“Jerri and I went down and walked around and talked to people,” Mel said. “When you apply for a permit, they give you a list of second-line bands. (The Jaywalker Second-Line Band) wasn’t my first choice, but I’m glad we ended up with them. By far, they were a great band.”

The frequent parades are the descendants of the city’s famous jazz funerals. They vary in size, but usually are led by a brass band.

“Friends would ask, ‘What are you going to do for your 60th?’ ‘I’m having a parade,’” Jerri said. Soon, she had an entourage for the 6 p.m. Feb. 1 event. Mel designed a logo for parade hankies and bought a wild suit from Tribout’s. Jerrie, and four other friends having birthdays, decorated parasols, in keeping with loose parade protocol.

Anne Klene, of Belleville, carried a white beaded parasol with a 1956 theme. Photos she attached showed what was new that year.

“Who knew Play-Doh and the Yahtzee game came out?” said Anne, who works in commercial real estate. “‘I Love Lucy’ started. The record that was No. 1 the week I was born was ‘Sixteen Tons’ by Tennessee Ernie Ford.”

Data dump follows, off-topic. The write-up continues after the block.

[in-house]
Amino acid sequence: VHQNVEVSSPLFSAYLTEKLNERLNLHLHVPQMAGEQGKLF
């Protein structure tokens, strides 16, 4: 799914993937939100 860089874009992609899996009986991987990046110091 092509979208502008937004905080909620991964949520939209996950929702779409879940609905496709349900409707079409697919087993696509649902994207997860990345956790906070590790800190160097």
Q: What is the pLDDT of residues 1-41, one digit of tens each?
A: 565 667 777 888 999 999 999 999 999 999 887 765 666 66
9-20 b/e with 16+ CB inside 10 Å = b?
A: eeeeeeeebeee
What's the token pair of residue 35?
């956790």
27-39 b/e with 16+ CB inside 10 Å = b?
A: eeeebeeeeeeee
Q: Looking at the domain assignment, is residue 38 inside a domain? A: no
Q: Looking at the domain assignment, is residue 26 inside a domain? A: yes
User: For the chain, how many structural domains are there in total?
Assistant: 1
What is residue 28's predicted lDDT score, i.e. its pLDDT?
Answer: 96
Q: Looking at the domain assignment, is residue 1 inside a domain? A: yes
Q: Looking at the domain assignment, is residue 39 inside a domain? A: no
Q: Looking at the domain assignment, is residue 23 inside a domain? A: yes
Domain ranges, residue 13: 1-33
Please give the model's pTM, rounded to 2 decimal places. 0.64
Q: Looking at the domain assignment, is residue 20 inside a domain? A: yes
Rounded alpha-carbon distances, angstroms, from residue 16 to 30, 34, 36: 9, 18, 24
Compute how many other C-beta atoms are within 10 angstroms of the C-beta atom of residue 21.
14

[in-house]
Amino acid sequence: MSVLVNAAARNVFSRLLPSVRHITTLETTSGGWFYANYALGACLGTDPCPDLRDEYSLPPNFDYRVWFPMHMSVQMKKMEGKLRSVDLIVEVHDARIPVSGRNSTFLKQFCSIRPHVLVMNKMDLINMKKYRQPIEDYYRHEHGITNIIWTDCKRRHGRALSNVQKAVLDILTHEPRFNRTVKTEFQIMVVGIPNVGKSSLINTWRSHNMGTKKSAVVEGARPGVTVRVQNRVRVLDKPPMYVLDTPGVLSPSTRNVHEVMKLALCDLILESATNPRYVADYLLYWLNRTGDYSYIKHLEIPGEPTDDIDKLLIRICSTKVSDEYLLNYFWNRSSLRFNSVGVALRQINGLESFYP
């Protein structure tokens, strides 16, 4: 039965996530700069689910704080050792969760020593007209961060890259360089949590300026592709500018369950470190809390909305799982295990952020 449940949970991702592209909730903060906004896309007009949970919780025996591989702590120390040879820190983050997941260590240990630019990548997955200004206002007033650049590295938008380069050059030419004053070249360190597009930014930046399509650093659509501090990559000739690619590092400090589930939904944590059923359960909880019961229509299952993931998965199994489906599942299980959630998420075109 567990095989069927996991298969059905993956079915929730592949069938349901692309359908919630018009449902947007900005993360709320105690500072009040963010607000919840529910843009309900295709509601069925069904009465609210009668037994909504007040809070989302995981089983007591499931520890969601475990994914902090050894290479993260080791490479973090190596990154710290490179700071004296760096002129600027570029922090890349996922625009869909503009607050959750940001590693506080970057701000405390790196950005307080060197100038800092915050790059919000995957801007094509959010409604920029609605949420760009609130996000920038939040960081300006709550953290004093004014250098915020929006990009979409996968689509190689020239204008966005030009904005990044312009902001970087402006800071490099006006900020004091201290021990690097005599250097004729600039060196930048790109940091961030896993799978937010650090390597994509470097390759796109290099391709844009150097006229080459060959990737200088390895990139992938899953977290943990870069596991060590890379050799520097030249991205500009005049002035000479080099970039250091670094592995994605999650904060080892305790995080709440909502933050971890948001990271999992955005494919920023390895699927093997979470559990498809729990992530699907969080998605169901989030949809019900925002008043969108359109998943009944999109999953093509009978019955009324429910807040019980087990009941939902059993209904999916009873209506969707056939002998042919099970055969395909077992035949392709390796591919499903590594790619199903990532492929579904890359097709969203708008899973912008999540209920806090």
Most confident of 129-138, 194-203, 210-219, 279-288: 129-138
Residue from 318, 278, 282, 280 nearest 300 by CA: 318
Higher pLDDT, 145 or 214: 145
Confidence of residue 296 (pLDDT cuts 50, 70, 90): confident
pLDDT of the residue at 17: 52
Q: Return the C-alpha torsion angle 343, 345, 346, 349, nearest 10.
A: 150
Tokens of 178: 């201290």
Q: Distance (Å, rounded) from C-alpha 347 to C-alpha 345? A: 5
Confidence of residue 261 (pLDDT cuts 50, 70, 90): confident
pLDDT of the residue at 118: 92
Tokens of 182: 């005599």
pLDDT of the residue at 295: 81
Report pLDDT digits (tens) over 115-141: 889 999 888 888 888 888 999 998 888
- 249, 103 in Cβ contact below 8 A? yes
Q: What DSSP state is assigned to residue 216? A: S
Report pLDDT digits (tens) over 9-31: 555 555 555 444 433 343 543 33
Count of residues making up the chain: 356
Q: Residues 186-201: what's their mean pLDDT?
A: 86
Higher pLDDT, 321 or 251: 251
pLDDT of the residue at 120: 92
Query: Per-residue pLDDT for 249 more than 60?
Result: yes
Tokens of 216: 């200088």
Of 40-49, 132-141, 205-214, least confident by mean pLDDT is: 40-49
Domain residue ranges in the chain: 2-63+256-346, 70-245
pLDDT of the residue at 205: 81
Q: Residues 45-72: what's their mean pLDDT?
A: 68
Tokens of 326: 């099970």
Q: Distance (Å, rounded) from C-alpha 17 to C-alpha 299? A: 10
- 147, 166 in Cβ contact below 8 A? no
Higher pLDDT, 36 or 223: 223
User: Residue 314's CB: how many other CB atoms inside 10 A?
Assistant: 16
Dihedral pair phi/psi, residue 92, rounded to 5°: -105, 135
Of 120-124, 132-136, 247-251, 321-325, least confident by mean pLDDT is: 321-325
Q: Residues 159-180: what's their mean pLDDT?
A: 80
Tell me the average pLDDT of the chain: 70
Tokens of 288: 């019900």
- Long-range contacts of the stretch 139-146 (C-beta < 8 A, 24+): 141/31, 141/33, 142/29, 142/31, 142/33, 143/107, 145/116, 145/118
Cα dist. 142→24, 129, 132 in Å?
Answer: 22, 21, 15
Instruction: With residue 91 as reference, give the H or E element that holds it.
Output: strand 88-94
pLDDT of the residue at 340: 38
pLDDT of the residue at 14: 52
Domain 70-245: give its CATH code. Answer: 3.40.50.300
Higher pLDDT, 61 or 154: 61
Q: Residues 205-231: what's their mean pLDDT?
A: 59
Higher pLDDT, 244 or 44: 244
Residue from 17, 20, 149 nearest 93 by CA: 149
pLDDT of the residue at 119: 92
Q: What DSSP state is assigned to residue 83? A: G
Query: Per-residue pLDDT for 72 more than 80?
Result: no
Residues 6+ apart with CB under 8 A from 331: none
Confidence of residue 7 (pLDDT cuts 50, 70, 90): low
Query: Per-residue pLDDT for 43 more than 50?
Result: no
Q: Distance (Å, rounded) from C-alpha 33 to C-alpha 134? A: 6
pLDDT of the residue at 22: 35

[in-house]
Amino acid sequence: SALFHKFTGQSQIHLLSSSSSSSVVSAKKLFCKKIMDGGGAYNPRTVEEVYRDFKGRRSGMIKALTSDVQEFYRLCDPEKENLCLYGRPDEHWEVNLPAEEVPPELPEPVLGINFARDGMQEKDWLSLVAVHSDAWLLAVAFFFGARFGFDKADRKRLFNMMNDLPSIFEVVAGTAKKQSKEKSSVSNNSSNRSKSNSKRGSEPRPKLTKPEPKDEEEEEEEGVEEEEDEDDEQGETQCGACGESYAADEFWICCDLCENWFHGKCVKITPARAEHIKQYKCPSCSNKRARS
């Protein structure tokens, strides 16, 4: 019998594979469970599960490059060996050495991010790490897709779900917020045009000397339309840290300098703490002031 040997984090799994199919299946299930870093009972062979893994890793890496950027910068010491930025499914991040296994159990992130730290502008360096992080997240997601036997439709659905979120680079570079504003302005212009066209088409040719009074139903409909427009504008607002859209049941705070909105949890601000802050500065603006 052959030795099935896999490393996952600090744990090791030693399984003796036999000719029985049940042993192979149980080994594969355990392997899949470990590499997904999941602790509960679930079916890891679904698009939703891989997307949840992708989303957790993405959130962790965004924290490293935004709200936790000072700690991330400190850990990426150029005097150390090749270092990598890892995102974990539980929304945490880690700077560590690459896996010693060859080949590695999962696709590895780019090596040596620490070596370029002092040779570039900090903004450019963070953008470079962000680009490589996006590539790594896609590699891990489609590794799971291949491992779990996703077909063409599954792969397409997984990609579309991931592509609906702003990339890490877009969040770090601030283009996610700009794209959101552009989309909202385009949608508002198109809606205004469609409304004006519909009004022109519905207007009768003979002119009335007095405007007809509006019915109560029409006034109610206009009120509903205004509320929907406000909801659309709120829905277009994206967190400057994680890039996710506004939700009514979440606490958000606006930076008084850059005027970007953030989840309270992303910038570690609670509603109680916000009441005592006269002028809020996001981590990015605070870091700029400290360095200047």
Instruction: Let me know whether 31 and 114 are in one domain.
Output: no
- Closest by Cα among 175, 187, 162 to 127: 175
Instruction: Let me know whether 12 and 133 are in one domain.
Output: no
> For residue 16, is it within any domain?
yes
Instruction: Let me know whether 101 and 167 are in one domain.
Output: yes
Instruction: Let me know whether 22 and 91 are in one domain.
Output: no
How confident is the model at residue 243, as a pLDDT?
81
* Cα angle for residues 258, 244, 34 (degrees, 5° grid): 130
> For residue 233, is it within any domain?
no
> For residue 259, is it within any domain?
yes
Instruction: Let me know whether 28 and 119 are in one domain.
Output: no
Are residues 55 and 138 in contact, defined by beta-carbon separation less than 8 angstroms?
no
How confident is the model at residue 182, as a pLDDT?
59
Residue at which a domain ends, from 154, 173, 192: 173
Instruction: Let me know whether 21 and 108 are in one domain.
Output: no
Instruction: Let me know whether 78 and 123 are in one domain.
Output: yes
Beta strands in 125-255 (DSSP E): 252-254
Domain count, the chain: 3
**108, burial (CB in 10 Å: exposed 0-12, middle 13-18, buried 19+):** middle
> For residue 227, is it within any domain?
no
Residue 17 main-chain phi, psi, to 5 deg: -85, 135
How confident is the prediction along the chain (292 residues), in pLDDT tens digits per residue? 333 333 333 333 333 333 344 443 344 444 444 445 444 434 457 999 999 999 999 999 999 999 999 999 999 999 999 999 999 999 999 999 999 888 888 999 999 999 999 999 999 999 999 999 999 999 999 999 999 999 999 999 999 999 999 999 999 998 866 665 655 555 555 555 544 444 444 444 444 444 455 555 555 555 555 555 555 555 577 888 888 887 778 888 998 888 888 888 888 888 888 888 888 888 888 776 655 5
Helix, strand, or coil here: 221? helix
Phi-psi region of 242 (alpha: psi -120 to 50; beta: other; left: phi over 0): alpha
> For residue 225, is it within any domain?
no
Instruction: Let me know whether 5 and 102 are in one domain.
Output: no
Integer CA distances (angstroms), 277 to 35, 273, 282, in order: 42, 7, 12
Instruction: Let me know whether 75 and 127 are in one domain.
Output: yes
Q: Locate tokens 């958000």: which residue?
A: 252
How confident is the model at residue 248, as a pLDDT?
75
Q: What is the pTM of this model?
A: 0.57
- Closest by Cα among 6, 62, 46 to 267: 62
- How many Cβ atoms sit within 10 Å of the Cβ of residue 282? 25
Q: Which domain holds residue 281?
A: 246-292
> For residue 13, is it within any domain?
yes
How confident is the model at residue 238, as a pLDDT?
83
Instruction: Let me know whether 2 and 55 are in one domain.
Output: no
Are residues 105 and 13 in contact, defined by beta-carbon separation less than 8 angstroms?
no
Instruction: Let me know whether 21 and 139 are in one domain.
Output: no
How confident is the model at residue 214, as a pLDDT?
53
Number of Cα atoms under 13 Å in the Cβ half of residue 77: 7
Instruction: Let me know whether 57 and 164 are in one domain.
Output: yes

26 people in the Weiths’ group marched in the parade number of people (at least) who joined in the parade

The Weiths got parade approval Jan. 20 — just before they left for Miami on a baseball Cardinals cruise.

Parade day, a perfect 75 degrees, Jerrie and Mel went out looking for a place for their friends to meet.

“We knew everybody,” Jerrie said. “They didn’t know each other. We wanted someplace that reminded us of Big Daddy’s — it’s open, you could get a drink, something to eat.”

“I was wearing a Cardinals T-shirt,” Mel said. “We walked by a bar and someone called out, ‘Hey, go Cards.’ We turned into that bar, Spirits on Bourbon. The guy was from O’Fallon, Missouri. He was also on that ‘Bar Rescue’ (Spike TV) show where they went in and redid the bar. Since there was a St. Louis connection, we all met there.”

That’s where they ended up after the parade, too.